The annual rate of house price inflation slowed to 2.1 per cent in July – down from 2.6 per cent in June and the lowest rate since April 2013, according to the latest Halifax House Price Index.
A 0.2 per cent drop in the three months to July marked the fourth successive quarter in which prices have fallen – the first time such a trend has been witnessed since 2012.
But the 0.4 per cent monthly rate of growth was the best since December 2016, helping to reverse the previous month’s 0.9 per cent decline.
The average UK house price in July was £219,266, according to Halifax.
A number of recent indicators have pointed to a slowdown in the market, with the Bank of England reporting a 0.7 per cent fall in the volume of mortgage approvals for house purchases between May and June, and the Royal Institution of Chartered Surveyors stating that average stock levels on estate agents’ books hit an all-time low in June.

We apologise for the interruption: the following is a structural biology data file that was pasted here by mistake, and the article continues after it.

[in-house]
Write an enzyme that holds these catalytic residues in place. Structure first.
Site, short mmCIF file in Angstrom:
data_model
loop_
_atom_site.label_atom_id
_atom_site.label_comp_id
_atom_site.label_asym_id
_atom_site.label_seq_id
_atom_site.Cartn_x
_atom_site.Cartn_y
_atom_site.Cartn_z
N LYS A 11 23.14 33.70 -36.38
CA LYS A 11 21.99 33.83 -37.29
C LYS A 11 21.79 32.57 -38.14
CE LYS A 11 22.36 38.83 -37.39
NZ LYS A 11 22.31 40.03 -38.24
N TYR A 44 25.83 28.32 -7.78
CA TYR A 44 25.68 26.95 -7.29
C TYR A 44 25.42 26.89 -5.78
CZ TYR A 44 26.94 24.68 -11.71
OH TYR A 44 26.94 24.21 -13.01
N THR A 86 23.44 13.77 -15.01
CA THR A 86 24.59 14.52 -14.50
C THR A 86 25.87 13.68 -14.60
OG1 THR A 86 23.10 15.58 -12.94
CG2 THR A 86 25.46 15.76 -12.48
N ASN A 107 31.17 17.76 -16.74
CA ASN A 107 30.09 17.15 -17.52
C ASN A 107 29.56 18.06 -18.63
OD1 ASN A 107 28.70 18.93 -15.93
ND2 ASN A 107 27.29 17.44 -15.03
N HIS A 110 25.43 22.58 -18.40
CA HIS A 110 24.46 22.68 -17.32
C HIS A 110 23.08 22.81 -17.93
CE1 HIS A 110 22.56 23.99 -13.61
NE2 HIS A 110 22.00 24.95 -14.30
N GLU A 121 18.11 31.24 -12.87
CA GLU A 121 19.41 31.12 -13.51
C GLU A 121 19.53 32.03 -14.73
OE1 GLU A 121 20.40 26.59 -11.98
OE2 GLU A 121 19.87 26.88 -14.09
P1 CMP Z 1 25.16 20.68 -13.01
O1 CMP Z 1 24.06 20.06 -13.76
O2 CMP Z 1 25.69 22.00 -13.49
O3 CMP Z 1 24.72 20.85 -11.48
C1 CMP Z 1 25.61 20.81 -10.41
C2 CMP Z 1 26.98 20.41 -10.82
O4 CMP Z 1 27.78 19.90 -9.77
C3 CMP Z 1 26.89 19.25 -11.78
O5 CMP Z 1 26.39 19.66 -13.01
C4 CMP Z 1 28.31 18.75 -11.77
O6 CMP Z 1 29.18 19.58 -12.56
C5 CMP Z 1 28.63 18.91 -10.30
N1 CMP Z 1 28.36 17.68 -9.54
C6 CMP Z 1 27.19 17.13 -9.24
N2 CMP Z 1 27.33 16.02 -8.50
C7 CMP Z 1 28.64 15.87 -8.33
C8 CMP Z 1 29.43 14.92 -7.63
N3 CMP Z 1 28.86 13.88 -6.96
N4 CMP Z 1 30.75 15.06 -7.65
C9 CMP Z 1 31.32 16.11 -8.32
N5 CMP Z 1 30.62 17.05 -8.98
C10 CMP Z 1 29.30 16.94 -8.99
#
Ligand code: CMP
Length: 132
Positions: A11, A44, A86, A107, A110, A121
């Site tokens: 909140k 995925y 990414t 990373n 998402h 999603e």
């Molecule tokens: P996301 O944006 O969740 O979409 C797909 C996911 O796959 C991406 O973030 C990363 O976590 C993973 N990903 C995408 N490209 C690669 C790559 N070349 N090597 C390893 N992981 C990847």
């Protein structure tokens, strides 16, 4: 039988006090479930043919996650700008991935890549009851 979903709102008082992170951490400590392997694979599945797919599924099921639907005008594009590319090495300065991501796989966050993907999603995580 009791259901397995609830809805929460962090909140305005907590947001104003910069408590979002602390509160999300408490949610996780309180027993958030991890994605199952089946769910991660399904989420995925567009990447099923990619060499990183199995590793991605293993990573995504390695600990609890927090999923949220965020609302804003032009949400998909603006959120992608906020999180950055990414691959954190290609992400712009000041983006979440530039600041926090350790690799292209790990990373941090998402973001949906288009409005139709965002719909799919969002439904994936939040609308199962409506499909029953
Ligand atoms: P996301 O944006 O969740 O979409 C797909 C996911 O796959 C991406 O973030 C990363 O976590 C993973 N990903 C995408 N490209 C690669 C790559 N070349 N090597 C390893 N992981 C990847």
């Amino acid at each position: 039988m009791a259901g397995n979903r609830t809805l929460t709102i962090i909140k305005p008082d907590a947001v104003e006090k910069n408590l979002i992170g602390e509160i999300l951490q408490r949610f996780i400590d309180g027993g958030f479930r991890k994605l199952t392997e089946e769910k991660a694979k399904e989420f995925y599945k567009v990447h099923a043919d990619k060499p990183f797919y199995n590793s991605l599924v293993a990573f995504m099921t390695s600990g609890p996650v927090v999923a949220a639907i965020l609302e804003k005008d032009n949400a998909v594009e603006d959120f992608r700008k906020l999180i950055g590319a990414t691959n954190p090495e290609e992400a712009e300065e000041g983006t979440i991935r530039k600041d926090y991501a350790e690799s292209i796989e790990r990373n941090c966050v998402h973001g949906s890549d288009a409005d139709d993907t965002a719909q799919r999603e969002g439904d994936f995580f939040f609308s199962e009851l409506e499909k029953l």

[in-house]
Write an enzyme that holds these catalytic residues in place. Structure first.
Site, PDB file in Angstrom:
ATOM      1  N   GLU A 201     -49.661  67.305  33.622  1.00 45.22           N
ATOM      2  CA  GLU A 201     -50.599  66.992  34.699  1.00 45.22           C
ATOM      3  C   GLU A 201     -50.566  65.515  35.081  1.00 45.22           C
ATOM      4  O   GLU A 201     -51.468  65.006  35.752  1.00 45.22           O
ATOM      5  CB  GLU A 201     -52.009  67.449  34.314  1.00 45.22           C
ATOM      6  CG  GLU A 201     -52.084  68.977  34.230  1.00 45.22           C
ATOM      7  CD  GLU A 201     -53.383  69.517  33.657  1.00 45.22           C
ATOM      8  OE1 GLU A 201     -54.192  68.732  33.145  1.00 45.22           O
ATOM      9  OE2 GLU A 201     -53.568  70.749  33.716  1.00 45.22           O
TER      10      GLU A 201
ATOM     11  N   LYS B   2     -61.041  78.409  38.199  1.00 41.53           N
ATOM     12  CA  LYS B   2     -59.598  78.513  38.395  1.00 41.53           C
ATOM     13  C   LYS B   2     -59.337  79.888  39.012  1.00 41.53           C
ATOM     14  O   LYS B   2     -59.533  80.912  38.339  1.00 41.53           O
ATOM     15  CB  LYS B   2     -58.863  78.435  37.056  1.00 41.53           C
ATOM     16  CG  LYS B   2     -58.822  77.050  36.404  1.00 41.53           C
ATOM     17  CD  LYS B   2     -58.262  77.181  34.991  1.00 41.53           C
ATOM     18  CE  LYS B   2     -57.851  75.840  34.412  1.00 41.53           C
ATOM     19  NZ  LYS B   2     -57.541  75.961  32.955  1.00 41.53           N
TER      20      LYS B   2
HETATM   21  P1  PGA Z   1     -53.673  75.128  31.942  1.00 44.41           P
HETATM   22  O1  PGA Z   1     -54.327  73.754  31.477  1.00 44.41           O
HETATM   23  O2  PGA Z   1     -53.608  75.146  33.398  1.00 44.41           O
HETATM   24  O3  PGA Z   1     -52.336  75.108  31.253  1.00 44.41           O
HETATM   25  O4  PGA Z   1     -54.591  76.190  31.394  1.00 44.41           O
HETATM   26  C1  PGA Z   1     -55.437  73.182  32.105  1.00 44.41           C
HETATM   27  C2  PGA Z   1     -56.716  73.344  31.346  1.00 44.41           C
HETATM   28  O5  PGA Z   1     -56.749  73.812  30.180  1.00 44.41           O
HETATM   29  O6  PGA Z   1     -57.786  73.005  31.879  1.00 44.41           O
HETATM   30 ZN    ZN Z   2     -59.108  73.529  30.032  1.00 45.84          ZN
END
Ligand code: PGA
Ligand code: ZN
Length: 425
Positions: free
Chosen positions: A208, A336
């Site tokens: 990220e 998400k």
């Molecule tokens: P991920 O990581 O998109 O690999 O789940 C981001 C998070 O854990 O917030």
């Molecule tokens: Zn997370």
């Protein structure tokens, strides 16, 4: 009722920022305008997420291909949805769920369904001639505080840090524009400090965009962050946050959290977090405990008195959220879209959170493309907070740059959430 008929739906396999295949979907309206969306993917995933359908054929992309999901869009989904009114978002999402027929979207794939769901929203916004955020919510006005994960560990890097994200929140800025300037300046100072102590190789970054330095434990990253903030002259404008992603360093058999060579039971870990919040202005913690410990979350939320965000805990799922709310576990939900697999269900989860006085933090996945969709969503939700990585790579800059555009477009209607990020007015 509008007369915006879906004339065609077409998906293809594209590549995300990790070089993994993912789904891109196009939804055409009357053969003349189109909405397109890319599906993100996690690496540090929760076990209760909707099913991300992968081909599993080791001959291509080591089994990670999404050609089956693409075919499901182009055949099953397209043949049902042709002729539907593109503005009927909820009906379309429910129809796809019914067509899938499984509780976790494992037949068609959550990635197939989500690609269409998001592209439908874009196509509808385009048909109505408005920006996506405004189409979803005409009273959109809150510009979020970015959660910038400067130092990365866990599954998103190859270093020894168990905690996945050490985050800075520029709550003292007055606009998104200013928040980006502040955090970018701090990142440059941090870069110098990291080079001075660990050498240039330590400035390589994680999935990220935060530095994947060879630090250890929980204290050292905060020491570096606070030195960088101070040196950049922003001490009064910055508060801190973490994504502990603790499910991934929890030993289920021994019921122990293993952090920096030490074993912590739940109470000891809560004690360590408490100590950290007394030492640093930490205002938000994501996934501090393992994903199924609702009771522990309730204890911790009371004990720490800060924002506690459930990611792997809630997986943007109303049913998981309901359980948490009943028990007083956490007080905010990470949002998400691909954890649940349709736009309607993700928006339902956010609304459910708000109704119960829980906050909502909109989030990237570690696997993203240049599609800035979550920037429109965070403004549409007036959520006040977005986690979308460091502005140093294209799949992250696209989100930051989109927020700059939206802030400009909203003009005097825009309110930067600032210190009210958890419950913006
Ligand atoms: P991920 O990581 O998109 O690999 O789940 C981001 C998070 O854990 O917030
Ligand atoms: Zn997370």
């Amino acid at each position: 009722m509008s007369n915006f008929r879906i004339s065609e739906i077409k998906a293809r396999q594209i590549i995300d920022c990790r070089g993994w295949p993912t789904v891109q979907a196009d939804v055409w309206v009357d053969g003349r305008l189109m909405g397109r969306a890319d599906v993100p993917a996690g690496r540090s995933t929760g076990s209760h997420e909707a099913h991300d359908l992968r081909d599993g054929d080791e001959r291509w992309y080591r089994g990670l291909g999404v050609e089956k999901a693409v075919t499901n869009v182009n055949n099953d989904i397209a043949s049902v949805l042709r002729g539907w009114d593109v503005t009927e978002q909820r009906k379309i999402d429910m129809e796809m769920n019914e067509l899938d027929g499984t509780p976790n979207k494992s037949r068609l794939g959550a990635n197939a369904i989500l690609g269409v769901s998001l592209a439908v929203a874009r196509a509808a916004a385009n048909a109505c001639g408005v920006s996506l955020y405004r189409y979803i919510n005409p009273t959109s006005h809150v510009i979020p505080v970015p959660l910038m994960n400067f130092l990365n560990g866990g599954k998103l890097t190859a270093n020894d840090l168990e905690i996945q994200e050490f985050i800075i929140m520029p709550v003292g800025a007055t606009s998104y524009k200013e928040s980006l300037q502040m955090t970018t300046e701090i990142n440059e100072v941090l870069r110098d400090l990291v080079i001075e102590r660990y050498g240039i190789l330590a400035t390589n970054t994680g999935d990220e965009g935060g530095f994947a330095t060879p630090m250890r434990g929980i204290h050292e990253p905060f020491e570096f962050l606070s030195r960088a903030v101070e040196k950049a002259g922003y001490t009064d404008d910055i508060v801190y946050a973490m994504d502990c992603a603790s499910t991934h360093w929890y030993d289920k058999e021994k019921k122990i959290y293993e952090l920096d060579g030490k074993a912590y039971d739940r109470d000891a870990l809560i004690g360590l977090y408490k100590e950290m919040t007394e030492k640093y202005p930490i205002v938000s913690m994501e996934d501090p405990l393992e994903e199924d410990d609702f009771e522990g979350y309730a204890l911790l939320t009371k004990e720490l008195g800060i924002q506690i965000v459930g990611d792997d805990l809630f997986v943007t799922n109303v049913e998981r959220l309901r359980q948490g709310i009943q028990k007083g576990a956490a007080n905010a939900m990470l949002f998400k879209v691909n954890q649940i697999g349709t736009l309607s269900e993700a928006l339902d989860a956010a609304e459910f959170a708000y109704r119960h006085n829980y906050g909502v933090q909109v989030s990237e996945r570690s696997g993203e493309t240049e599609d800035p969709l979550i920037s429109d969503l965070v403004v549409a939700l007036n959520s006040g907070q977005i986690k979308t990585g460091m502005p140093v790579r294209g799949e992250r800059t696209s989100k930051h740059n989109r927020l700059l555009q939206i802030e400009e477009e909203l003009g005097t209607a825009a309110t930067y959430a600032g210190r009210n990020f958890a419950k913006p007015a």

Nationwide’s latest house price index indicated a broadly flat market, with prices being supported by a lack of available homes.
Russell Galley, managing director at the Halifax Community Bank, said a rise in employment in the three months to May had not boosted wage growth, resulting in earnings rising at a slower rate than consumer prices.
He added: “This squeeze on spending power, together with the impact on property transactions of the stamp duty changes in 2016 now being realised, along with affordability concerns, appear to have contributed to weaker housing demand.
“However, a continued low mortgage rate environment, combined with an ongoing shortage of properties for sale, should help continue to support house prices over the coming months.”
Jonathan Hopper, managing director of Garrington Property Finders, commented: “There was a time when four falls in a row would have set alarm bells ringing. But so far all the indications are that the market is seeing a cooling rather than a correction.
“The speed of price growth has slowed substantially, and at a national level average prices are still flatlining rather than falling.
“But what growth there is is meandering and listless, with prices being propped up by record low levels of supply.”